Once open a time—millions of human years ago to be exact—the remnants of animal and plant debris became oil. Mother Nature during this expanse of time transmuted dead life into black gold, using heat and pressure. To say that it runs modern society and fuels serious political tensions is an understatement. Take, for example, a deal that former President Donald J. Trump mustered up with OPEC+ (consortium of the world’s crude oil producers) in 2020 that jacked up the price of oil production by at least ten percent, causing the price of oil to skyrocket in recent times. There is nothing to brag about certain political tensions fueled by oil (no pun intended), especially when the current President, Joe Biden, is blamed for it. (It is reminiscent of what happened to former President Jimmy Carter who was blamed for something he did not orchestrate either.) Good news, that 2020 deal has expired; and the price of oil is going down, at least temporarily as Saudi Arabia very recently claimed there is no more surplus oil to be pumped!
While oil fluctuates in the market place, it also contributes to the production of global air pollution. Curaçao played a key role in contributing to this state of affair, and it has suffered from it. Its contribution to and associated impacts appear as a footnote in DAUGHTERS OF THE DANCE, page 19.
It was World War I that introduced Venezuelan to the world market. By1919, the investment and exportation of the oil increased tremendously; and during World War II, the oil, which was refined in Curaçao, was the most secure provider of oil to the United States, helping it and the allies to win World War II over Adolf Hitler’s Nazi Germany.
Early in its history, Curaçao was a colony of the Dutch; and the Royal Dutch Shell capitalized on its location—about 40 miles north of the coast of Venezuela—to use its natural harbor capability to handle massive barges and tankers (the Schottegat). After the opening of the Isla Refinery in 1915, Curaçao shipped the oil from the largest oil reserve of the world, Venezuela. (The political and economic strife of the current situation is not the topic of this blog.)
The Isla Refinery located on the Isla Peninsula in the Baal of Asiento, on the southwestern coast of Curaçao, was inaugurated in 1918 by the Koninklijke Nederlandse Petroleum Maatschappij, which later became Shell.
Prior to this international event, Curaçao was a backwater that barely produced enough for its people who struggled to survive. The wealth of the Royal Dutch Shell was spread throughout the Island to becoming the “rich neighbor to the north” and establishing a local “floating market.”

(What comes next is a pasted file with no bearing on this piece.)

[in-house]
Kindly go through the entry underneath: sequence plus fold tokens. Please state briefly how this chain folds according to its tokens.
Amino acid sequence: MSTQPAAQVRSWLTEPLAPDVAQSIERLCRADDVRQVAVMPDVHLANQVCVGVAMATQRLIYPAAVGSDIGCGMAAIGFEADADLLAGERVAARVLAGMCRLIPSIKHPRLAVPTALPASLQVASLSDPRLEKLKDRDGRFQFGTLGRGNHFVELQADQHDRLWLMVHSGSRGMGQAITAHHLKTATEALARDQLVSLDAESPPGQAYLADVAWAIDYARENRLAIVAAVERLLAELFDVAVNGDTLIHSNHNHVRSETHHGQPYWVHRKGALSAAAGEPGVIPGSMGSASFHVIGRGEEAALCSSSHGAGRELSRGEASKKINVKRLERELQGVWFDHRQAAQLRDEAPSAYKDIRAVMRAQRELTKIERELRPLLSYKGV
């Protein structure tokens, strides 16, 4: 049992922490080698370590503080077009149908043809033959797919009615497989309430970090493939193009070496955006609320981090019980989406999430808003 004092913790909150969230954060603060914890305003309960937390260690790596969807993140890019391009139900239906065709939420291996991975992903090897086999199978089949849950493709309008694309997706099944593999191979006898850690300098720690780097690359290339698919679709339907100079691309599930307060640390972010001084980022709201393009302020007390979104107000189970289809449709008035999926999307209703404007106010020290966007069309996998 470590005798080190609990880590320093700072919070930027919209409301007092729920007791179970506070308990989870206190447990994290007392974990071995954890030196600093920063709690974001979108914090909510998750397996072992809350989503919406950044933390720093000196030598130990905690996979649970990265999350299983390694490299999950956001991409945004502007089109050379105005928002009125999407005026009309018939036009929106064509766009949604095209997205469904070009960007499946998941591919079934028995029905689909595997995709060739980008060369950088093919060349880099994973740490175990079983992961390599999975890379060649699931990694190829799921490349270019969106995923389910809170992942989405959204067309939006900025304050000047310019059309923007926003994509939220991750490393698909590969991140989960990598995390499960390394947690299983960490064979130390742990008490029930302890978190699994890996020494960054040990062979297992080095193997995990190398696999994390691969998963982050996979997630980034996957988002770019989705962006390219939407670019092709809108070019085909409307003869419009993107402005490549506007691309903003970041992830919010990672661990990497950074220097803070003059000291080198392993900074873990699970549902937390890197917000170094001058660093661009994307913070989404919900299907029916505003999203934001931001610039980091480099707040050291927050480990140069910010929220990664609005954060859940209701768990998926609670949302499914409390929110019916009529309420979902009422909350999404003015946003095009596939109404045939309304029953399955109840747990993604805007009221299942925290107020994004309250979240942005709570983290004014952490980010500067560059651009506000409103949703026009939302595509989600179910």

The presence of Shell is gone, but the effects of its refinery has caused an economic shift to tourism, leaving its citizens to bring back its earlier charm. Still, the refinery has not been totally shut down but for a prominent anti-refining group (Stichting SMOC)[i] fighting for a majority of Curasaos who want it gone; it is big, ugly, and spewing toxins into the air and water wells.
Dr. Erin Pulster was one of the first anti-refinery researchers. In 2015, Dr. Pulster obtained her Ph.D. (Environmental Chemistry, University of South Florida) with her thesis, “Assessment of Public Health Risks Associated with Petrochemical Emissions Surrounding an Oil Refinery,” in which she dealt with the widely known pollutants sulfur dioxide (SO2), particulate matter (PM) and polycyclic aromatic compounds (PAHs). This thesis was held under embargo until September 2016.
Finally, the Curacao government decided to definitely close down its lucarative oil refinery, forcing 6.000 employees and their families to find their livelihood somewhere else in 2018.
The Cosmos Chronicle reported, too, that “The Isla Refinery was operated by PdVSA from Venezuela, but the Dutch diplomats did their best to cut off all relations with neighboring Caracas, Venezuela, to close down the oil refinery.”
But that is not the end of shutting it down entirely and cleaning its shocking environmental damage. Its emissions were one of the most polluting in the entire world for many years. Even a local court decision, declaring the level of emissions “unlawful,” did not bring about any swift changes. As a result, the people living in the vicinity of the refinery were exposed to more than damaging emissions on a daily basis. The air may be cleaner now, but a lot of repairing is still to be done. The COVID pandemic also precipitated its early closing. Update on its closing.
As a sidebar, it was the first Indigenous People of Venezuela who were aware of the black gold (hydrocarbons), which they used for medicinal and illumination purposes. They collected this oil from small creeks. They impregnated blankets near the seepages and then wrong the oil out. They also used asphalt made from oil for caulking their canoes and impregnating the sails of their boats.
[i] E.g., the Schoon Milieu op Curaçao (Clean Environment on Curaçao) Foundation